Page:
And there’s a lot of work for America to do out there. While U.S. exports have been climbing, 140 economies (out of 146 with export data from the World Bank in 2010) exported more than the United States when measured as a share of their GDPs. Only Nepal, Brazil, Haiti, Ethiopia, and Tonga did worse than the U.S. export share (13 percent of GDP), according to the World Bank. Afghanistan outdid the United States by 2 percentage points of GDP. And China’s export share was more than twice as big, at 30 percent.
Or look at investment trends. According to World Bank data, in 2010 U.S. net outflows of foreign direct investment — where American investors were taking a 10 percent or larger share of a foreign company — amounted to 2.4 percent of U.S. GDP. Twenty economies were above it in that share — compare Germany on 3.3 percent of GDP, Chile at 4.1 percent, or Singapore on 9.5 percent. Meanwhile, U.S. undergraduates overseas accounted for only 0.4 percent of the global total of people studying abroad for their tertiary education — and nearly half of those brave enough to venture outside America’s borders got only as far as Britain. That hardly counts as exotic in an era where Brits win half the Oscars and present the Golden Globes every year.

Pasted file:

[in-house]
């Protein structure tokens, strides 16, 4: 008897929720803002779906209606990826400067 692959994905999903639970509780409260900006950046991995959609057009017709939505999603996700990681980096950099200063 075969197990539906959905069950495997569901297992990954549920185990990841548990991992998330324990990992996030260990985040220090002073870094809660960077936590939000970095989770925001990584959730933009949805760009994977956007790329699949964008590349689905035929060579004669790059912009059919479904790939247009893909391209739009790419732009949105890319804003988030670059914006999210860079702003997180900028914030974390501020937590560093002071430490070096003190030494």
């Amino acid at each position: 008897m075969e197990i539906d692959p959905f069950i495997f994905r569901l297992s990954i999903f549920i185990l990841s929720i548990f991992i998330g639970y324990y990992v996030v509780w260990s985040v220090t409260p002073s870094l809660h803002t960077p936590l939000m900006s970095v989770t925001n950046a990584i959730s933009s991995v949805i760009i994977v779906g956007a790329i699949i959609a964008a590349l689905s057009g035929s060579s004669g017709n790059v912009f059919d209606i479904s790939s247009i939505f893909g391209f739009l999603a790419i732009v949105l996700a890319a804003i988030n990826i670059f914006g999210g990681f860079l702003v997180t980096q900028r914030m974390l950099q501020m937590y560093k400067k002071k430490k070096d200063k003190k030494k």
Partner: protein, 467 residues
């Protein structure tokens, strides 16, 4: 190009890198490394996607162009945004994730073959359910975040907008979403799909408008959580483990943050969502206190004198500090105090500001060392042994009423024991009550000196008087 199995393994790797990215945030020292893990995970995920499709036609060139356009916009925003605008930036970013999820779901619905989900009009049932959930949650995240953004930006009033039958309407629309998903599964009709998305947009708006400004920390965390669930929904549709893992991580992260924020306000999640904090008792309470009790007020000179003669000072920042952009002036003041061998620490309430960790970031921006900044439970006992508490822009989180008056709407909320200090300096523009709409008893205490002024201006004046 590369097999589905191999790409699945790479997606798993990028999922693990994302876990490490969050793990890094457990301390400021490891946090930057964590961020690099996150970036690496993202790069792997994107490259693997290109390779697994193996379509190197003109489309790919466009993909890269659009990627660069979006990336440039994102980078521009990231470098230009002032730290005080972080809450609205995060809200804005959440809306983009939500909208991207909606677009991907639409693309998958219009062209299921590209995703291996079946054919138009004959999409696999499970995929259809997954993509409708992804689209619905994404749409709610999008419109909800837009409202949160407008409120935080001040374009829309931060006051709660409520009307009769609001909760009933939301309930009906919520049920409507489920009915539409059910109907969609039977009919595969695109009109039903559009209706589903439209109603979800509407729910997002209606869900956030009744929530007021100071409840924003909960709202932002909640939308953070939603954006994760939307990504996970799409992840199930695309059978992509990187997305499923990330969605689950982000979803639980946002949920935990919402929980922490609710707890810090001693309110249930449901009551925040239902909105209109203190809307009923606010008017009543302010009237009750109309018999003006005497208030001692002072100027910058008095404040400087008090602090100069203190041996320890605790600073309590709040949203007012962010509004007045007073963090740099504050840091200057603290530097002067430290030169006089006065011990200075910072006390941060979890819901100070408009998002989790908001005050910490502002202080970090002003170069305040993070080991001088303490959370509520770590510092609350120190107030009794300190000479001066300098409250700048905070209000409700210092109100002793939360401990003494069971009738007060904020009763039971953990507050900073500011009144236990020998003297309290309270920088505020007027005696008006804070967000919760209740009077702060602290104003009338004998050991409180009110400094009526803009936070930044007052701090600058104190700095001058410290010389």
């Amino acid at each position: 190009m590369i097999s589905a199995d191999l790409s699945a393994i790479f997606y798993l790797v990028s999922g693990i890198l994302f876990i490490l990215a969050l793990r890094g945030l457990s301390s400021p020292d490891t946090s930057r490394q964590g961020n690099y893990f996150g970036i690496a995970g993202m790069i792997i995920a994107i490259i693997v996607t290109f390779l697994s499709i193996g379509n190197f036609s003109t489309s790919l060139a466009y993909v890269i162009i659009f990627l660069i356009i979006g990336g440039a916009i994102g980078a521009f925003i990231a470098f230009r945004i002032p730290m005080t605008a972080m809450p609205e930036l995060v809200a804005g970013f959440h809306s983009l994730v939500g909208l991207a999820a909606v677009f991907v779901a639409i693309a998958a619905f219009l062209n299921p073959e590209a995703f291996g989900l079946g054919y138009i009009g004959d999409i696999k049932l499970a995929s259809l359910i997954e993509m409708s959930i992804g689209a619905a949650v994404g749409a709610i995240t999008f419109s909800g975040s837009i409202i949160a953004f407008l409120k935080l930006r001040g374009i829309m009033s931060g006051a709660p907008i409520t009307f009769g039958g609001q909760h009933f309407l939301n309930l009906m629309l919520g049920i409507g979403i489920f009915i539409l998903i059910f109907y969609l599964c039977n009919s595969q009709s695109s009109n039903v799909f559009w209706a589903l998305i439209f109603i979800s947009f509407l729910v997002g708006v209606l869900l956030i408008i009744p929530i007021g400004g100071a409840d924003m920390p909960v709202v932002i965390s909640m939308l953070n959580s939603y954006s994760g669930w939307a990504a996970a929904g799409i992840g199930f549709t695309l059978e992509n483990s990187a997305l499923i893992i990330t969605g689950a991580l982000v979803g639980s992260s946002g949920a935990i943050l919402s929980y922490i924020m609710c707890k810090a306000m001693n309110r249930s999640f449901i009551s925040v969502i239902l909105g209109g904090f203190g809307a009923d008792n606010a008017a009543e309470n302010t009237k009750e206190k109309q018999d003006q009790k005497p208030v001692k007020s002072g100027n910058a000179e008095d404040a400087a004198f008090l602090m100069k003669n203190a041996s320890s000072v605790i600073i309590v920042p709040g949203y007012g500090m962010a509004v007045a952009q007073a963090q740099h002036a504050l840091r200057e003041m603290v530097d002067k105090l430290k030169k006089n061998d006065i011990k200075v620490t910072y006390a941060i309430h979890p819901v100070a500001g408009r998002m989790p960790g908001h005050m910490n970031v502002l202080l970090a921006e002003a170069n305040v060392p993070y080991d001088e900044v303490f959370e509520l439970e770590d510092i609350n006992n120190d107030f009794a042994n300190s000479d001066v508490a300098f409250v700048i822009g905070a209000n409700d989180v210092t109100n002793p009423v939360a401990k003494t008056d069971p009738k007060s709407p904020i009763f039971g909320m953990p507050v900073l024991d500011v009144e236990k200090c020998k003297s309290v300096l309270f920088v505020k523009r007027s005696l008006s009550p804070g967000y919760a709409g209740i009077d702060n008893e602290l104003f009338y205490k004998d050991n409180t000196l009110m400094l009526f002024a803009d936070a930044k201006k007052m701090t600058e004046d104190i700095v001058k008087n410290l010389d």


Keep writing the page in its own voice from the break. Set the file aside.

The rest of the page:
If there is a silver lining to this cloud of Americans’ disengagement, it is that other countries aren’t doing so badly. We have seen there are 20 economies with a higher share of GDP going to foreign direct investment that the United States, and 140 that are exporting more. These countries are reaping the gains of closer global engagement — in terms of stronger economic performance and greater technology transfer. There’s at least the hope that the closer economic ties will make them less likely to go to war, too. Americans benefit from being in that richer and more pacific world — even if they could do even better by venturing out into it a little more often.